Days on the Market Property (DOMP) is a measurement in days of how long that a home has been listed for sale to the public on the MLS (Multiple Listing Service). Although much lesser known than the phrase "days on the market" DOMM, DOMP is directly associated with DOMM, which is the acronym that home buyers are most familiar with. The days on the market statistic is of interest when a person is valuing real estate for the purpose of comparison. More days on the market than average may indicate a listing that was overpriced. The other use for this statistic is allowing prospective home sellers an idea of how long it may take to sell a property. The MLS is controlled by the real estate industry and has been the subject of many lawsuits.
DOM-M stands for Days on the Market- MLS. Or the number of days this exact MLS listing has been on the market (not the home, but the MLS#).
DOM-P stands for Days on the Market- Property. So regardless of the number of different Realtors, it shows the number of days the property has been for sale.
Sometimes a property might be 83 days with one Realtor, and then 10 days with another. That would show up as: DOMP/DOMM= 93/10 Some realtors will try to fudge this data to make a listing look brand new.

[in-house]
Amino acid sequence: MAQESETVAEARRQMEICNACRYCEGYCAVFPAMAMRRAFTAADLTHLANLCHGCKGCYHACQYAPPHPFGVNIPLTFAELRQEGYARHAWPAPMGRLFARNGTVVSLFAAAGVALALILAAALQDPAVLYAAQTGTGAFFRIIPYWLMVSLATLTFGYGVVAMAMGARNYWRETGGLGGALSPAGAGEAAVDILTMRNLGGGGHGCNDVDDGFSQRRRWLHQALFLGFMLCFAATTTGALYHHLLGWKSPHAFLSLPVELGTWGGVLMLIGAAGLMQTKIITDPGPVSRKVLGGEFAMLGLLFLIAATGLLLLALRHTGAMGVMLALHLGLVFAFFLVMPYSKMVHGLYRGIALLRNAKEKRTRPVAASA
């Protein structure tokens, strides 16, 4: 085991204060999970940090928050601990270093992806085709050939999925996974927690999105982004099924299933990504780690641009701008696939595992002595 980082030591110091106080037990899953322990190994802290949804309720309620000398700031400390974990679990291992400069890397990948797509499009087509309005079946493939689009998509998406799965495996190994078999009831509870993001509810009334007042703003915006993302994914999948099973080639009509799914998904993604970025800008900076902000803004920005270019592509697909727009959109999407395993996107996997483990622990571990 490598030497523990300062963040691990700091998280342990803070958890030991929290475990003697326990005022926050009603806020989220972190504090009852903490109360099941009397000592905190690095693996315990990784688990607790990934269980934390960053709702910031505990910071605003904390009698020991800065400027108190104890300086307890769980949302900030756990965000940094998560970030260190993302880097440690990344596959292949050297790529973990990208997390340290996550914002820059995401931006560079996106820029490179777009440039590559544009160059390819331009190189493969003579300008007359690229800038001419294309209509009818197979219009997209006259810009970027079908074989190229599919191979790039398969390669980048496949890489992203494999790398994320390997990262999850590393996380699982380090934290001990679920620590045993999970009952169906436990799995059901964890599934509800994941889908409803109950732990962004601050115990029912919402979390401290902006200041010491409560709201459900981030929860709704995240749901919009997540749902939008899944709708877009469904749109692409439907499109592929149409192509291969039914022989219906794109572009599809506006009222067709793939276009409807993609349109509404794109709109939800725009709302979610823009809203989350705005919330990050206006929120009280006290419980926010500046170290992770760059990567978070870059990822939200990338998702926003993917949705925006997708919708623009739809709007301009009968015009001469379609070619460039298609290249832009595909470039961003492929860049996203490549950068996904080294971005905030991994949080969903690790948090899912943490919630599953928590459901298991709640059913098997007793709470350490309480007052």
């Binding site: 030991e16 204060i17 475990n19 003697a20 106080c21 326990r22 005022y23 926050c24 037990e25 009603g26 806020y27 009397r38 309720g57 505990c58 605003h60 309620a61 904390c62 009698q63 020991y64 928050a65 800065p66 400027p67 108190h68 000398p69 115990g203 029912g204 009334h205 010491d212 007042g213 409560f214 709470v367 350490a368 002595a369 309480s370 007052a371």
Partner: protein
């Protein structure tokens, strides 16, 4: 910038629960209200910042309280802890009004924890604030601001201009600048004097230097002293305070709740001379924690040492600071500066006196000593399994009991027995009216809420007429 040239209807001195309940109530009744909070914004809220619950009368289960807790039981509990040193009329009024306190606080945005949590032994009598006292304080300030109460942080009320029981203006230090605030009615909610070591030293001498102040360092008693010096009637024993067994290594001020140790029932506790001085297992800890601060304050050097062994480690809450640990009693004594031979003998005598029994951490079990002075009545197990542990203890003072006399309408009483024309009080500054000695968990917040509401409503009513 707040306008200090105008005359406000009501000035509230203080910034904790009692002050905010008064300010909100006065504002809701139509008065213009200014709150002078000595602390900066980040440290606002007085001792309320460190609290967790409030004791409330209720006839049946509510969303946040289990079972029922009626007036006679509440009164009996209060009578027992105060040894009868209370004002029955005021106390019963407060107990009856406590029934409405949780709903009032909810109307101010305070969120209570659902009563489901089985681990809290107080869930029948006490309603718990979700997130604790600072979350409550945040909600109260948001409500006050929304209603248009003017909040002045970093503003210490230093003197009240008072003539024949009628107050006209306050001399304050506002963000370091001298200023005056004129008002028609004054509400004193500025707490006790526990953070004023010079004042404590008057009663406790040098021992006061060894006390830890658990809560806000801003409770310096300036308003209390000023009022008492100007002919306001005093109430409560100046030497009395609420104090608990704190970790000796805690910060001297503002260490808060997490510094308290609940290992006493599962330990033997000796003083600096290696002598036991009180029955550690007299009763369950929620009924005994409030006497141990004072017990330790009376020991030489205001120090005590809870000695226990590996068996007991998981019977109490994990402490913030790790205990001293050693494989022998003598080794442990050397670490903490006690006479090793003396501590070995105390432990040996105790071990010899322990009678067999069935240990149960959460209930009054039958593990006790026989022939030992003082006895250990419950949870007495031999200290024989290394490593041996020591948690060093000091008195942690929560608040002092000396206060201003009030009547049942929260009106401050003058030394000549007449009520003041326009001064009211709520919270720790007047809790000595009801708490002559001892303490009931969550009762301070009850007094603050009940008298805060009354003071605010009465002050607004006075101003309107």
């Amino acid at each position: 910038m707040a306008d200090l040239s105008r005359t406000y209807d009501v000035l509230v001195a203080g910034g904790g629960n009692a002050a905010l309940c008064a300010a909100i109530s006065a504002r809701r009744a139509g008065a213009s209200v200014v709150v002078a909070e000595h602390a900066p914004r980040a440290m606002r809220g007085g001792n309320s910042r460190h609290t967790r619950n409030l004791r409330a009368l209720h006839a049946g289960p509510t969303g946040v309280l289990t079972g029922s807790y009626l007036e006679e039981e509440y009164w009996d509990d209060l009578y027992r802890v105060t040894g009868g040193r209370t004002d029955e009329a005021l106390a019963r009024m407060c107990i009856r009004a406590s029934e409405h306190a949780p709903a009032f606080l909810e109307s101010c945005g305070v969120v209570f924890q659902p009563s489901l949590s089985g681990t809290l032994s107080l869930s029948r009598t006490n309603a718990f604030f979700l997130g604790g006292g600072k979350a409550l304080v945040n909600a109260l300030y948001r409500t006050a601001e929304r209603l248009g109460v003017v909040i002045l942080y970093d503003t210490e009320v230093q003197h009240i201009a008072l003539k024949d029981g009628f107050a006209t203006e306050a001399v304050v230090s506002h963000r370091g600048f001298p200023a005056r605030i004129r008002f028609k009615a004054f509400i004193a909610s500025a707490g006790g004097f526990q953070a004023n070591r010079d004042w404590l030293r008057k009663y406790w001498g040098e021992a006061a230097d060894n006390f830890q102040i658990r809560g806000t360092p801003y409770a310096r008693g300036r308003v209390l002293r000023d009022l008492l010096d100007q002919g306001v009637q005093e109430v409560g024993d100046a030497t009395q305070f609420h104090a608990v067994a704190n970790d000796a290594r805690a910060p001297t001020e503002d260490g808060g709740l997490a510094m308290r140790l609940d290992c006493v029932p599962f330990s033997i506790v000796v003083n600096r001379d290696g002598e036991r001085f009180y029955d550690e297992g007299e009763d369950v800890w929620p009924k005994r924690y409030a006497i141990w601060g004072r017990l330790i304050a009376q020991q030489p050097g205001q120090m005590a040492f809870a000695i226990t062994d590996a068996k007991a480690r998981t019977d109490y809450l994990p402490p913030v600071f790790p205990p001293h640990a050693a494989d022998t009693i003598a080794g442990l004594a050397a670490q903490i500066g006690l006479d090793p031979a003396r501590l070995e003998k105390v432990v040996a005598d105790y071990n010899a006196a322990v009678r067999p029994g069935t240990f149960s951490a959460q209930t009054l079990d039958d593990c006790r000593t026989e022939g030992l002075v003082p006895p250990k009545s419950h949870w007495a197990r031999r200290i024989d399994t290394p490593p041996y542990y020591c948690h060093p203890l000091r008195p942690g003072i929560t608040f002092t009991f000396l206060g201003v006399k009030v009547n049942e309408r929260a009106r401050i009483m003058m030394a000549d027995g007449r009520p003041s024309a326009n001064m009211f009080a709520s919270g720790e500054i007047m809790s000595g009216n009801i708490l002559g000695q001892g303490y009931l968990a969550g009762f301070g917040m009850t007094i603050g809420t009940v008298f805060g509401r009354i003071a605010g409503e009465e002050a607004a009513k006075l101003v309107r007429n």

Prior to the historic housing bubble that formed in or around 2001 due to loose credit and irrational exuberance, the term DOMP was practically a mystery to anyone other than real estate industry insiders.
When the Housing Bubble began to rapidly deflate in late 2005, the inventory of homes for sale exploded, which caused both sales and prices to fall well below levels predicted by leading economists. These economists were frequently separated into varying levels of respect depending on their affiliation with the REIC, because the National Association of Realtors (NAR) economists were caught giving incorrect predictions about the state of the housing market despite what was actually happening in many U.S cities.
To prop up rapidly falling sales, real estate agents across the country began to rely on the process of manipulating the amount of time that homes had been on the market more than ever to attract buyers and maintain sales prices. There were great disparities concerning the practice in the various regional MLS's across the country. Some MLS's charged real estate agents to alter the statistics, and referred to the practice as "refreshing a listing." In general however, the old guard of the real estate industry considered the practice as deceptive at best, and fraudulent at worst. Rumors of possible lawsuits circulated in the industry because homes that had been on the market for long periods of time were considered to be overpriced and thus not worth their advertised sales prices. The practice also stood in dark contrast to the National Association of Realtor's Code of Ethics that prohibits doing anything that is deceptive to buyers.
This business practice is still being carried out by the REIC and is a point of contention with bloggers calling it "deceptive". Others maintain it is a way to acquire the attention of new customers, akin to a store moving its inventory from one location to another. MLS information like days on the market, the selling price and who the buying agents or buyers were is not available in Canada to any-one but REALTORSr.